I haven't read any other Auster but have always meant to read The New York Trilogy at some point.

bermudaonion said...

Wow, it sounds like Hector Mann is a fabulous character, if he seemed that real to you.

Lezlie said...

Hi, Jenny! I'm so glad you stopped by! The 1001 List is a great resource, even if you never plan to read them all. Lists like that are completely subjective, but I love having all those reading suggestions at my fingertips! I have grandiose plans to read the whole list, but we'll just have to see what happens . . . :-) I hope to see you here again soon!

Paperback Reader ~ I have The New York Trilogy sitting here, too. It's supposed to be fabulous, and I have no reason to doubt it. I can't wait to see what you think of Auster when you finally get to one of his books!

Bermudaonion ~ He really is! He's the actor in the book, but he makes you see we're all actors in our own way. I loved the narrator, David Zimmer, also. Very realistic.


Andi said...

Ahhh! I love Auster's game playing! I haven't read this one yet, but I have it on my shelves (with all his other books). lol Story of my life. Anyway, he never fails to amaze me.

Lezlie said...

Andi ~ He is something else, isn't he? He's racing up my list of favorite authors, that's for sure.


joanna said...

I've never read anything by Paul Auster and this book has always intrigued me, now it intrigues me even more!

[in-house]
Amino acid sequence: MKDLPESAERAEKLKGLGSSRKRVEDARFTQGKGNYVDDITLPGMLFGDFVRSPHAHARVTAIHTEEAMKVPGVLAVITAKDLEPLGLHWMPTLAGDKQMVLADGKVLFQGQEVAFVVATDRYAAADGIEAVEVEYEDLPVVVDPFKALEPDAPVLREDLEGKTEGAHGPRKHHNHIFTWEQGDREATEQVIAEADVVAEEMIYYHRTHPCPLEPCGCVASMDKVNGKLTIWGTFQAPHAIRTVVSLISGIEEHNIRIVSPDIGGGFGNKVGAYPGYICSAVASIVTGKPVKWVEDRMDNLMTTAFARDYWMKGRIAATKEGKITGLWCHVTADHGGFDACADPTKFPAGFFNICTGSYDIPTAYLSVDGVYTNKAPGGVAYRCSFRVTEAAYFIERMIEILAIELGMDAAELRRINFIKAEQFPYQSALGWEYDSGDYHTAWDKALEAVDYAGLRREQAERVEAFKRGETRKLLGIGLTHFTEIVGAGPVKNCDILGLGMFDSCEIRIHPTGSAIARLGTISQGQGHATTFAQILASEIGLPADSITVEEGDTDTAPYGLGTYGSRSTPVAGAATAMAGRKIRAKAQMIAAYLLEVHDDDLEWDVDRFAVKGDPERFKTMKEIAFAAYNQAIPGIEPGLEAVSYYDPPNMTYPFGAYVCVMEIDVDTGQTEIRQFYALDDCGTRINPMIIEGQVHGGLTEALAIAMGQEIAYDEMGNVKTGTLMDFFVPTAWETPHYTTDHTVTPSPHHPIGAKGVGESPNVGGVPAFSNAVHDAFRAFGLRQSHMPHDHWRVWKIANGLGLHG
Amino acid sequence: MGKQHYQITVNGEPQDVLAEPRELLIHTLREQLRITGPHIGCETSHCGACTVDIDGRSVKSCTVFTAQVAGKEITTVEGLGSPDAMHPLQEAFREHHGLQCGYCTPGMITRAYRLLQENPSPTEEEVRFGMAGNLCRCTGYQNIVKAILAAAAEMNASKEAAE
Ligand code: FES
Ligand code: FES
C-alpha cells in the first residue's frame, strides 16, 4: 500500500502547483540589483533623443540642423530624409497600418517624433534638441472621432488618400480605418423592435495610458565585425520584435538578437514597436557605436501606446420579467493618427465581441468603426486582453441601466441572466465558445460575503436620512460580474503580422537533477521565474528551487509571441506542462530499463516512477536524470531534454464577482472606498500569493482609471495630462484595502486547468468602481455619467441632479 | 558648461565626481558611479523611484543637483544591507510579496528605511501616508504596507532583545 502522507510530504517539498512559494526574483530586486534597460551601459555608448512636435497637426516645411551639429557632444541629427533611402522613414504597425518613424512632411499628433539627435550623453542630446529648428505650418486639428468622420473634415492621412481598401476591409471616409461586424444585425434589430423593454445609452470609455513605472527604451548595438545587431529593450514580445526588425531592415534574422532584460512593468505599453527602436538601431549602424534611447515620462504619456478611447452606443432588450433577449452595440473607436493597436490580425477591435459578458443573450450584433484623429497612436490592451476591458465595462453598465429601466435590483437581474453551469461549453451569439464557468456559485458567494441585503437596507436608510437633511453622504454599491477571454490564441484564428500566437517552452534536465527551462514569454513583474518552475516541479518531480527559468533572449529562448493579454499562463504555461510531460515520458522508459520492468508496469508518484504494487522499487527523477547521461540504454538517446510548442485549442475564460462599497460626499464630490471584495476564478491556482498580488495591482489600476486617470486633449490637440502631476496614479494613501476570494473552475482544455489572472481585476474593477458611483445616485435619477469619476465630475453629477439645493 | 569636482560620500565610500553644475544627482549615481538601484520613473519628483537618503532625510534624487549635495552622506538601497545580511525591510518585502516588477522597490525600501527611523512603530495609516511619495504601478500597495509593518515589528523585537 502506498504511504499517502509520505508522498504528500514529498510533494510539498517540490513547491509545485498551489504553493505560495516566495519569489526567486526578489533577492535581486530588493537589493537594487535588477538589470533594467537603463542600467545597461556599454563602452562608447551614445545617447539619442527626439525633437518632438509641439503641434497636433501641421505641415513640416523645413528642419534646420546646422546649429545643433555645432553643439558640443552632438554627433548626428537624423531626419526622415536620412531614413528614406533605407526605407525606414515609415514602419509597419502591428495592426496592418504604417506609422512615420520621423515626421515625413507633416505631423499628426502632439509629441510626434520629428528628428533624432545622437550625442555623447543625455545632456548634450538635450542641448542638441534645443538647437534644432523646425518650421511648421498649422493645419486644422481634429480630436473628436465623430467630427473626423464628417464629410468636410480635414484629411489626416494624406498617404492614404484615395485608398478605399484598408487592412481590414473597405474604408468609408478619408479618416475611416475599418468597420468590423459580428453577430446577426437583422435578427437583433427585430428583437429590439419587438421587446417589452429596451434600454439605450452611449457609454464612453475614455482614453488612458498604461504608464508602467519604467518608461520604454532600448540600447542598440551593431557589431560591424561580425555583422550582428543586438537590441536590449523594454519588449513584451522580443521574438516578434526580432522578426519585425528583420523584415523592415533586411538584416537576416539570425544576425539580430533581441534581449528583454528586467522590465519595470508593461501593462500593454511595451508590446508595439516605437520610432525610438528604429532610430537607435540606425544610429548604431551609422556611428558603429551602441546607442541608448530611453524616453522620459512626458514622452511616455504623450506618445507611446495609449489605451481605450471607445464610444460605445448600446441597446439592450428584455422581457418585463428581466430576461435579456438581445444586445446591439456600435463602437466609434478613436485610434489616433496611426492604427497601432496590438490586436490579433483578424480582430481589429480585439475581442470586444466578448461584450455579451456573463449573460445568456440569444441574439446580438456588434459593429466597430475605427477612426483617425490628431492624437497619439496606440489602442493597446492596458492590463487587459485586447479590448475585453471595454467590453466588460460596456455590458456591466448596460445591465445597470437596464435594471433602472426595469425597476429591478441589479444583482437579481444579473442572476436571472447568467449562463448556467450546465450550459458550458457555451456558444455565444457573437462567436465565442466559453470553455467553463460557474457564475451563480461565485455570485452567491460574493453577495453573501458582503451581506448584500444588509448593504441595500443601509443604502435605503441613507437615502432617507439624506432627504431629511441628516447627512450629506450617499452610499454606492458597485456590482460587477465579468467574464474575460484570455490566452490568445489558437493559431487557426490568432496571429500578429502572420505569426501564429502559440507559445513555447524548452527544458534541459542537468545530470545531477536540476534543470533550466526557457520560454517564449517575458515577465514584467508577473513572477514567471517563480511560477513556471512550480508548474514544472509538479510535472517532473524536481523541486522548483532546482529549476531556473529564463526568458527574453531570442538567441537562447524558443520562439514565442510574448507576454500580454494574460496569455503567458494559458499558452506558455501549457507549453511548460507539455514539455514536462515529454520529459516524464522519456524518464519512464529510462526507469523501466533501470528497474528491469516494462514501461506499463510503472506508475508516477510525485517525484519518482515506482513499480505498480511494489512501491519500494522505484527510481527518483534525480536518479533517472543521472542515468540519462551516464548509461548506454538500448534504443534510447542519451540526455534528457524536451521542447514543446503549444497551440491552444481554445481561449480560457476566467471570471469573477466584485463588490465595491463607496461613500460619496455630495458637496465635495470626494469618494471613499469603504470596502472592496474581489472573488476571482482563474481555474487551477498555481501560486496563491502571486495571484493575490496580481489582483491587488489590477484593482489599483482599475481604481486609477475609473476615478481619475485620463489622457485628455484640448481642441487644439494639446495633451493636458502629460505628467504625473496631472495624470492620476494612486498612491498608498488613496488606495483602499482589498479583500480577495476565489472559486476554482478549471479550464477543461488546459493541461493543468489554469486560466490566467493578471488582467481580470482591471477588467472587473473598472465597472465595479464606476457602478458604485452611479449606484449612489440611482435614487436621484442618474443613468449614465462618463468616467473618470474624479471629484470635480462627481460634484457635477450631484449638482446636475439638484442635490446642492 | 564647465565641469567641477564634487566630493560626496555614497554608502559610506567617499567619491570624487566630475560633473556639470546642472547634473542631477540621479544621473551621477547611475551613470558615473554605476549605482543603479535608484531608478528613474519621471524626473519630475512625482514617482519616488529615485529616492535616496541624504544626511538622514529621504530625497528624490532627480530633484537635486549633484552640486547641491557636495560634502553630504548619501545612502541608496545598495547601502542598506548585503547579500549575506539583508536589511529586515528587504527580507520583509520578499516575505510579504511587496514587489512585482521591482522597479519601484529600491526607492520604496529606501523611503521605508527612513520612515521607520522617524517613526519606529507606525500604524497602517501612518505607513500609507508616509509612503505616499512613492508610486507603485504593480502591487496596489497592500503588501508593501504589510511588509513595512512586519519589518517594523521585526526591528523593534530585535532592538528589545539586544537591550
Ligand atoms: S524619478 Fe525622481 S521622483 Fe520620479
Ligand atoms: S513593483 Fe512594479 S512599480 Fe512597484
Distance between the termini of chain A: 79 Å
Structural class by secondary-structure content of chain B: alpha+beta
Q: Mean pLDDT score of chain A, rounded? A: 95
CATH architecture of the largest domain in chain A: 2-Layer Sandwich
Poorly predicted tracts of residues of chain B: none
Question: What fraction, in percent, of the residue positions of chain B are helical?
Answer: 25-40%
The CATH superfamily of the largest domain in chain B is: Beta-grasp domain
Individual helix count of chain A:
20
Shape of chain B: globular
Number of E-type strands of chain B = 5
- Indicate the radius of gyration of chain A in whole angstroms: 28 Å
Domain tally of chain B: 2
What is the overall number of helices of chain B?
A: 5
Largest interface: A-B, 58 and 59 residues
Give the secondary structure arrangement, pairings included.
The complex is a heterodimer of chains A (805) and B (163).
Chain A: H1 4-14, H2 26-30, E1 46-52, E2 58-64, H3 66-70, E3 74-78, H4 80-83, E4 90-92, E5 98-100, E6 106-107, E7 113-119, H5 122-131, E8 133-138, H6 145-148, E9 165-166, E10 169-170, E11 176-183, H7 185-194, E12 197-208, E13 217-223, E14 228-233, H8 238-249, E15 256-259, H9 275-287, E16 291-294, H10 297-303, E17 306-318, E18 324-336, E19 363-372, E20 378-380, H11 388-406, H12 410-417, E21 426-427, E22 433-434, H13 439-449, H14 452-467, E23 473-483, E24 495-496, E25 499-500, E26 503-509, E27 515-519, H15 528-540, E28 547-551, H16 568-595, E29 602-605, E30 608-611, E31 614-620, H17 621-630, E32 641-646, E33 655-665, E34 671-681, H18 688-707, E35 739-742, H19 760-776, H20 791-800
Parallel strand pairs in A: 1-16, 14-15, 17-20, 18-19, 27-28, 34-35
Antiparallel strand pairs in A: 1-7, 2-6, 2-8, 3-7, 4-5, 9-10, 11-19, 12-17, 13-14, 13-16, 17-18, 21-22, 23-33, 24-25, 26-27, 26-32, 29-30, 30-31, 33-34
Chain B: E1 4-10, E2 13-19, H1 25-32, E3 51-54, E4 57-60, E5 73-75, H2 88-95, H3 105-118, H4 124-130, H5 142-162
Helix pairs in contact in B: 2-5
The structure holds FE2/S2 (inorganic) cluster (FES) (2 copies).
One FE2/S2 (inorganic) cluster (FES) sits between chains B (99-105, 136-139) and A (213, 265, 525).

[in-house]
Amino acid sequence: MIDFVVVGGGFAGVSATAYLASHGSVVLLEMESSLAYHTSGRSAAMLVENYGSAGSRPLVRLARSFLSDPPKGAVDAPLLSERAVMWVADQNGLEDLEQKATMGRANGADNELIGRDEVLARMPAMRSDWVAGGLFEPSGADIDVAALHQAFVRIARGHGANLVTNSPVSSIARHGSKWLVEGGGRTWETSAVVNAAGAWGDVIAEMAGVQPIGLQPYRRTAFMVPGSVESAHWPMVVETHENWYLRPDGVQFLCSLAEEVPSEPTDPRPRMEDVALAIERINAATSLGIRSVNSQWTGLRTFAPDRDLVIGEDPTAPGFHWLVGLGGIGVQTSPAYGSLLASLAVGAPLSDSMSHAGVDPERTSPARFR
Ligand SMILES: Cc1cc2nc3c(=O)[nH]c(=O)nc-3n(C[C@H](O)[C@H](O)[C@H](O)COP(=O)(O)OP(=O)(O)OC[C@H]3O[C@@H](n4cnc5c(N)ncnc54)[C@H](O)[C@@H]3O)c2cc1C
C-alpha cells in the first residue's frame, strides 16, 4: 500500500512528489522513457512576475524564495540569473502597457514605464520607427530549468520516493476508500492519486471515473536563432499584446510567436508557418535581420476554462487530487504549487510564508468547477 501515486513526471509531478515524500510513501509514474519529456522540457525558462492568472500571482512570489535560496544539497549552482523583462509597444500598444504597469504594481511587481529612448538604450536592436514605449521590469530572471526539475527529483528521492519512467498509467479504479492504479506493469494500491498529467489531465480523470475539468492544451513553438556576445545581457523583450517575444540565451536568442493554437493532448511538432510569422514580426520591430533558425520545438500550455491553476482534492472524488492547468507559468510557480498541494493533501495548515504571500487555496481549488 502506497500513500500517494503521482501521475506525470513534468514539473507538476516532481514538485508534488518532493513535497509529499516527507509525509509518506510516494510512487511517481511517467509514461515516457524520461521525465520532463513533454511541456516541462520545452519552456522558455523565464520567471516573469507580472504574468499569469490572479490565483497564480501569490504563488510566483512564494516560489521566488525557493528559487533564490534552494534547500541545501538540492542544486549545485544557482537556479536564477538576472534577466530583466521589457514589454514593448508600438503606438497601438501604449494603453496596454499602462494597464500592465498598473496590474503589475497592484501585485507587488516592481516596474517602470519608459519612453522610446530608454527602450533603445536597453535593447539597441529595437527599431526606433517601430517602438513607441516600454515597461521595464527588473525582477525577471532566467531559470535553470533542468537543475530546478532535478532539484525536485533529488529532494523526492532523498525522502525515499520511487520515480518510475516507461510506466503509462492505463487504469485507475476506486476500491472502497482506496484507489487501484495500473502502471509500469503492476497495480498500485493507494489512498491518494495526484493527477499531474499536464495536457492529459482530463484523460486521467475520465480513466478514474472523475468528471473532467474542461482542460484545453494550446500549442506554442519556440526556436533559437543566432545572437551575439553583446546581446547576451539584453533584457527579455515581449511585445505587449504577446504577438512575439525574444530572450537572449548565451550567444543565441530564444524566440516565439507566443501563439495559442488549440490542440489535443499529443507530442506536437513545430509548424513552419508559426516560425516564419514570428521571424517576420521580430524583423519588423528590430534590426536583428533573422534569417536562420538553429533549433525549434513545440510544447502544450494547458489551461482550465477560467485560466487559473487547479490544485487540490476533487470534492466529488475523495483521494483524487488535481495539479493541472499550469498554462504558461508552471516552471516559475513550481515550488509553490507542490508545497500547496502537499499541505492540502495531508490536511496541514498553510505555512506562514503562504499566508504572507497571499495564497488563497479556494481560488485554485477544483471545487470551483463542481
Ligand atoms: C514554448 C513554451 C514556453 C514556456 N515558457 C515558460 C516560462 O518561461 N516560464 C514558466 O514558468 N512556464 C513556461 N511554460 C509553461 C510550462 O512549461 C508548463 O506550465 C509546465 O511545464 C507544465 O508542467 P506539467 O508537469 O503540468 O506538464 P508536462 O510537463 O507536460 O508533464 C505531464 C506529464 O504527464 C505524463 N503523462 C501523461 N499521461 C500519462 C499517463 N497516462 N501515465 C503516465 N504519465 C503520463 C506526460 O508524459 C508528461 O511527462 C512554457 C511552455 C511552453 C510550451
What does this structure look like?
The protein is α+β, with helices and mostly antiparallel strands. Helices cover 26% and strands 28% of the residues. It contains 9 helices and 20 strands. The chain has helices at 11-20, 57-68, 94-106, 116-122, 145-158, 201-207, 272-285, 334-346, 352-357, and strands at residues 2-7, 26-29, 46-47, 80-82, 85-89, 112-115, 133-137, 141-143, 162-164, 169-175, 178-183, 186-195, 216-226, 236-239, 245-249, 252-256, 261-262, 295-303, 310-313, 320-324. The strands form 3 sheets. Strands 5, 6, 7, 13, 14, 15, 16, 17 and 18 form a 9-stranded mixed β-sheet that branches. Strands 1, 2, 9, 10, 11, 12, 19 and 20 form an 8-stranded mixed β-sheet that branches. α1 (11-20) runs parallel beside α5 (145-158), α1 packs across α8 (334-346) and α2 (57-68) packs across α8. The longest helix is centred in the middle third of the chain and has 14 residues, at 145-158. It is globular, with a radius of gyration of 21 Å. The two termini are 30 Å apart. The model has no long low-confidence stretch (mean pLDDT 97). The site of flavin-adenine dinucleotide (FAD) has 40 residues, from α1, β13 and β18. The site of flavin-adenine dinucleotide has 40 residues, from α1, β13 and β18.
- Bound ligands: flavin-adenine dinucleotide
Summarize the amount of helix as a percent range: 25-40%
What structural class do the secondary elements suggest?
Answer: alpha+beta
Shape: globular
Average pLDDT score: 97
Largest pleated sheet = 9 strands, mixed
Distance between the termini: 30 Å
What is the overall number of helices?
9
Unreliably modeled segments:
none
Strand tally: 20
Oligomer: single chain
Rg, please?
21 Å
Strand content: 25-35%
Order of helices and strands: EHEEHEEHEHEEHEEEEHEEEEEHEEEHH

Lezlie said...

Joanna ~ I highly recommend Paul Auster. I think I've read four by him now, and I've liked them all a lot!


BooksPlease said...

I enjoyed this one too - my post is here.

Lezlie said...

Books Please ~ Thank you for the link! I'll add it to my post.


Anonymous said...

This is one of Auster's best. I love his work for it's deceptively simple writing style, he has a great style in which you think it'd be easy to emulate. It's not. It takes a lot of skill to write with that amount of precision. His prose just slides off the page.

I think a lot of his works deal with the notion of grief, or the process that a person goes through to overcome it. I see a lot of his books, including this one, as being partly an act of catharsis. That is, the narrator is speaking about past events and we get the feeling that by the act of doing so, the narrator is putting something to rest.

Lezlie said...

Damned Conjuror ~ I've only read three or four of his books, but I see what you're saying. Have you read Timbuktu? I think that one might be my favorite so far.


Anonymous said...

I've read all of them apart from In the Country of Last Things. I enjoyed Timbuktu, I wrote a review on it (not my greatest review but hey). Incidentally, I think the cover features one of the cutest dogs ever. But that's just me.

If I was going to be Auster's books in order of preference, it might go something like this (bear in mind this is quickly ordered in two seconds (in descending order, worst to best)):

11. Travels in the Scriptorium
10. Oracle Night
9. Leviathan
8. Man in the Dark
7. Timbuktu
6. The New York Trilogy
5. The Music of Chance
4. Moon Palace
3. The Brooklyn Follies
2. The Book of Illusions
1. Mr. Vertigo

Lezlie said...

Damned Conjuror ~ It is a great cover! The only way that dog could be any cuter is if he was a Border Collie, but that's just me being obnoxiously biased. :-)

Thank you for the list!! Of the four I've read, most of them lay in the bottom half of your ranking, so it looks like I have a lot of good reading ahead of me.